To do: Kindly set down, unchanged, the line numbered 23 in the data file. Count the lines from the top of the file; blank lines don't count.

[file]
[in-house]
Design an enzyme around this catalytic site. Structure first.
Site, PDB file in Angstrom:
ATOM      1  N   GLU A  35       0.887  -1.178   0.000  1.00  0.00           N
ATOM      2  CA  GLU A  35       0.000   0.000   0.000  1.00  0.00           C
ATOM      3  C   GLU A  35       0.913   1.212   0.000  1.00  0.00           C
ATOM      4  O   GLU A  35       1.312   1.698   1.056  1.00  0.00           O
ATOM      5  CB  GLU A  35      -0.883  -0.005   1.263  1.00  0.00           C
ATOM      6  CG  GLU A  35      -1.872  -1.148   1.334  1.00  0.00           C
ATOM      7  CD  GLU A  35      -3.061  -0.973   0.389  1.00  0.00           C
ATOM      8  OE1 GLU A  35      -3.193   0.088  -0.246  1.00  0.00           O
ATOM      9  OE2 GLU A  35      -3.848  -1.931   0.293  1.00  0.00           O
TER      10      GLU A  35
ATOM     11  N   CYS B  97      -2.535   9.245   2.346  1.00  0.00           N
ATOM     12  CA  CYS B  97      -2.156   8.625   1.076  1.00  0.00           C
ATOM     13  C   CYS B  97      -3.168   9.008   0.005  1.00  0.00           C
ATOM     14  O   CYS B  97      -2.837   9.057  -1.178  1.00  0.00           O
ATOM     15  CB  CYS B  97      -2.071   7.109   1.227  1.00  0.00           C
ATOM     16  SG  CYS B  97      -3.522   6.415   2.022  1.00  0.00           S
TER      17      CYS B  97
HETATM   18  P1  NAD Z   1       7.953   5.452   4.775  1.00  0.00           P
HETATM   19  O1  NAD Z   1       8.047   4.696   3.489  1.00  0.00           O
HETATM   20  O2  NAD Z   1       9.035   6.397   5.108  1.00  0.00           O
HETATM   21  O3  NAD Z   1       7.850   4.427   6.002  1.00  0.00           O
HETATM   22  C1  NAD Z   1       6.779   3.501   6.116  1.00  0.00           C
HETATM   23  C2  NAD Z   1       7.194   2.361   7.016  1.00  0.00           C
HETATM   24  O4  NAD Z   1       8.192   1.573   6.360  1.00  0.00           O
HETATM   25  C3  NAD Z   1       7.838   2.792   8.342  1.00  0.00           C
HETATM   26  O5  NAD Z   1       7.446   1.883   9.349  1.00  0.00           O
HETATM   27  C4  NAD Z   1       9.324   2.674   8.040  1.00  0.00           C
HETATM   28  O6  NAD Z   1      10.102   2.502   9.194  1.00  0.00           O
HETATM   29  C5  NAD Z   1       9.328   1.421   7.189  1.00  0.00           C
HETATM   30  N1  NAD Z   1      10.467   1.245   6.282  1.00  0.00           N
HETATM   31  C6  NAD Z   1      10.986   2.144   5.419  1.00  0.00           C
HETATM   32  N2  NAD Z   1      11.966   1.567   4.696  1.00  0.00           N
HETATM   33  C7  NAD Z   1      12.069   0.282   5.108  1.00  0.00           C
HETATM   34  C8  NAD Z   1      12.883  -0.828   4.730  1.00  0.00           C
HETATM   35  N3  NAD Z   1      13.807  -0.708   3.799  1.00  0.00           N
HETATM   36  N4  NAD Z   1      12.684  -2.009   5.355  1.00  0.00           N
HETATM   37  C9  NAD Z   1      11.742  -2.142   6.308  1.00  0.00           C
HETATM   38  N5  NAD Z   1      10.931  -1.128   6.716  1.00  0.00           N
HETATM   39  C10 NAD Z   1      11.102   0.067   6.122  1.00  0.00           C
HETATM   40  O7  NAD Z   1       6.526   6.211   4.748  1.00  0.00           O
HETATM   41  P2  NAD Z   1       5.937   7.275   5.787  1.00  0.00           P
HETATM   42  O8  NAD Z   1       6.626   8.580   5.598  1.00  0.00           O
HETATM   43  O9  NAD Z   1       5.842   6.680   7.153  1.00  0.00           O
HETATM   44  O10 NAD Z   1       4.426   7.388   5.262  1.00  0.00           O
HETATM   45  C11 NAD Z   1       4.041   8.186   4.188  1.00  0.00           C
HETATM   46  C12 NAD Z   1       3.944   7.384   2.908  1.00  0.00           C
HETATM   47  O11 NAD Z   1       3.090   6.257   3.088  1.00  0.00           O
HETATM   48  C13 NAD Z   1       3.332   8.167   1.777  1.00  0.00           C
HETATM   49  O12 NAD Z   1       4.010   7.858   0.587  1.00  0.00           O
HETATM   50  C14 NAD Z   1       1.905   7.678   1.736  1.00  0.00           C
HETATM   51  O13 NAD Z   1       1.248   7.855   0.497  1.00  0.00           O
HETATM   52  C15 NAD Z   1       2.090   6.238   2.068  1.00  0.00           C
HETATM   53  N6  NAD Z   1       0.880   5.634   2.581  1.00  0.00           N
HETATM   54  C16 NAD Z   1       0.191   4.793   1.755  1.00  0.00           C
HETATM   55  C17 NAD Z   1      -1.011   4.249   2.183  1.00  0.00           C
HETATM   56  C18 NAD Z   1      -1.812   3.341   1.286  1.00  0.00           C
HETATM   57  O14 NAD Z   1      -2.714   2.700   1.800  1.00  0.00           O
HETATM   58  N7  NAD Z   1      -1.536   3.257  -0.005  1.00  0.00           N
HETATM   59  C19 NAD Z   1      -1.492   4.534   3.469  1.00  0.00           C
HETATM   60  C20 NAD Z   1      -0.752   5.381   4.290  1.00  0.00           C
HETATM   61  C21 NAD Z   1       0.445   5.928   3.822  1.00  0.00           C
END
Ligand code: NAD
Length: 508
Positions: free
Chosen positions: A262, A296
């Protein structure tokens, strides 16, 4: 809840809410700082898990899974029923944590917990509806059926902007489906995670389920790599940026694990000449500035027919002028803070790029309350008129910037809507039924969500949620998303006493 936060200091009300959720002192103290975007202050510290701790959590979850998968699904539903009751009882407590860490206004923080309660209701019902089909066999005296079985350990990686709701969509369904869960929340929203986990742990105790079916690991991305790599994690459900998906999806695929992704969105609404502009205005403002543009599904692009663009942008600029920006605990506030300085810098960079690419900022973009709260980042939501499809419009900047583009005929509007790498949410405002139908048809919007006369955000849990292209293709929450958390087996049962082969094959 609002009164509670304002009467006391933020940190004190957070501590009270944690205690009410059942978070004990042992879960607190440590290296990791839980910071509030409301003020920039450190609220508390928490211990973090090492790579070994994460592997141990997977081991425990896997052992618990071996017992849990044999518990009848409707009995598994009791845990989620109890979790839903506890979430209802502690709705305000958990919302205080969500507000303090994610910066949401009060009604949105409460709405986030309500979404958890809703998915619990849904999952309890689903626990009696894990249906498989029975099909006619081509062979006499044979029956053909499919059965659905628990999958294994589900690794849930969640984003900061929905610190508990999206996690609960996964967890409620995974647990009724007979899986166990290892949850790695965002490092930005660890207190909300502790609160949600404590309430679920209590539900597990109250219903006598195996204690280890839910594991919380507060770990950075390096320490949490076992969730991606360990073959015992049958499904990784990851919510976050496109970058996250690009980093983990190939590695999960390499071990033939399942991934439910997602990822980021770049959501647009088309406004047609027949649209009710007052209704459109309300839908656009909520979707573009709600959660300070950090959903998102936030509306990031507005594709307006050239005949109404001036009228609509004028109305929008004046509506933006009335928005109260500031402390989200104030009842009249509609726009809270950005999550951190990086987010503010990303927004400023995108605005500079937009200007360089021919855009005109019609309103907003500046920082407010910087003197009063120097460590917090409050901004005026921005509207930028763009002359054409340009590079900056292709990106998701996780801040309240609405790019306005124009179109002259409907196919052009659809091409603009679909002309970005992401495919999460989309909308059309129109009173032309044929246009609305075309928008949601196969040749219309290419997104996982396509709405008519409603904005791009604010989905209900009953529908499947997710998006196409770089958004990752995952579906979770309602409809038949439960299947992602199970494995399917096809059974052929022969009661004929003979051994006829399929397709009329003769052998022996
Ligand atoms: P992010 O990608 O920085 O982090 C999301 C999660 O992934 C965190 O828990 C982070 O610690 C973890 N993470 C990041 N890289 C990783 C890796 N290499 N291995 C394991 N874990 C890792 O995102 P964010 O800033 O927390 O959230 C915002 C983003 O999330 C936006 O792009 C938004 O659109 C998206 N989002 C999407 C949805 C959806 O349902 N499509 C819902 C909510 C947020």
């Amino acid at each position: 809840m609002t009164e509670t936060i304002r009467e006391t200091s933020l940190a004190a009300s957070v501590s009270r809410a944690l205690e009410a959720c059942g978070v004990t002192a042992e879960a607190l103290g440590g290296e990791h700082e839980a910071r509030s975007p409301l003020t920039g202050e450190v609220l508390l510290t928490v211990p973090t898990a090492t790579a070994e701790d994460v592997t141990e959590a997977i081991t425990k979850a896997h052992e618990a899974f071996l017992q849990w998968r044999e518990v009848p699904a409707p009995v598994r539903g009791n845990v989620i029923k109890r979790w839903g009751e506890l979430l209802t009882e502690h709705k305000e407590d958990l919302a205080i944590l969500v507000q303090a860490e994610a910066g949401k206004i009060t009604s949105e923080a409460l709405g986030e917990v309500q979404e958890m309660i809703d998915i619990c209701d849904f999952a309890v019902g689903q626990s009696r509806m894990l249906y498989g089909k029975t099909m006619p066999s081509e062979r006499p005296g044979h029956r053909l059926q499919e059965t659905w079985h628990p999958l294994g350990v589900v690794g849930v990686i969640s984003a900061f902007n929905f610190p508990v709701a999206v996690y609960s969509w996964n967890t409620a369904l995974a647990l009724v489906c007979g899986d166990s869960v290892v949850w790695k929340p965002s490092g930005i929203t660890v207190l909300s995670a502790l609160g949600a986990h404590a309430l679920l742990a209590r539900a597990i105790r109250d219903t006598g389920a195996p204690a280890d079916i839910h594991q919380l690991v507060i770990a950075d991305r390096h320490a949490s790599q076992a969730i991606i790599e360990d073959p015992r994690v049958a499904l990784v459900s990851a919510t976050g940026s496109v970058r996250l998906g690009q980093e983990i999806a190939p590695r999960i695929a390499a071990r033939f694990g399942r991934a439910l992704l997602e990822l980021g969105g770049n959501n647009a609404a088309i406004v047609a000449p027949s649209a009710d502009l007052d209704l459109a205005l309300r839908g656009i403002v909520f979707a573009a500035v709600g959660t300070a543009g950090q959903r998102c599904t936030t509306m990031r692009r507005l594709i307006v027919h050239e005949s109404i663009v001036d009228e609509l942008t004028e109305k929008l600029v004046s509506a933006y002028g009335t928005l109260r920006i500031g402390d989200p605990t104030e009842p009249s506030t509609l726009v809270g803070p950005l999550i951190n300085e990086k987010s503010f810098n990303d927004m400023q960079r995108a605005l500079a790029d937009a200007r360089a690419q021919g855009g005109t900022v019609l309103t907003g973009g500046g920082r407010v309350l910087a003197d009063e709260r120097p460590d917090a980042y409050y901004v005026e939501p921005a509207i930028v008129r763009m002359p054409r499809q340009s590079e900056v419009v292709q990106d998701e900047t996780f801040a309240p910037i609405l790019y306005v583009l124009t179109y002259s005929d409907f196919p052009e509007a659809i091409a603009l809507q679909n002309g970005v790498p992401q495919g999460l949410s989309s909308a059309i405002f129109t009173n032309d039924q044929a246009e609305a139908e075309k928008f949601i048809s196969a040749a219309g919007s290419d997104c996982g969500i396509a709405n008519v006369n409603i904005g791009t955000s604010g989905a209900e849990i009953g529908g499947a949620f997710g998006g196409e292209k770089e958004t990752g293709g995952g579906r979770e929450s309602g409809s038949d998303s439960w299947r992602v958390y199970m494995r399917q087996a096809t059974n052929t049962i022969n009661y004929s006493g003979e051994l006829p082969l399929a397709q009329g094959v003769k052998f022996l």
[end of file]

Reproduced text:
HETATM   20  O2  NAD Z   1       9.035   6.397   5.108  1.00  0.00           O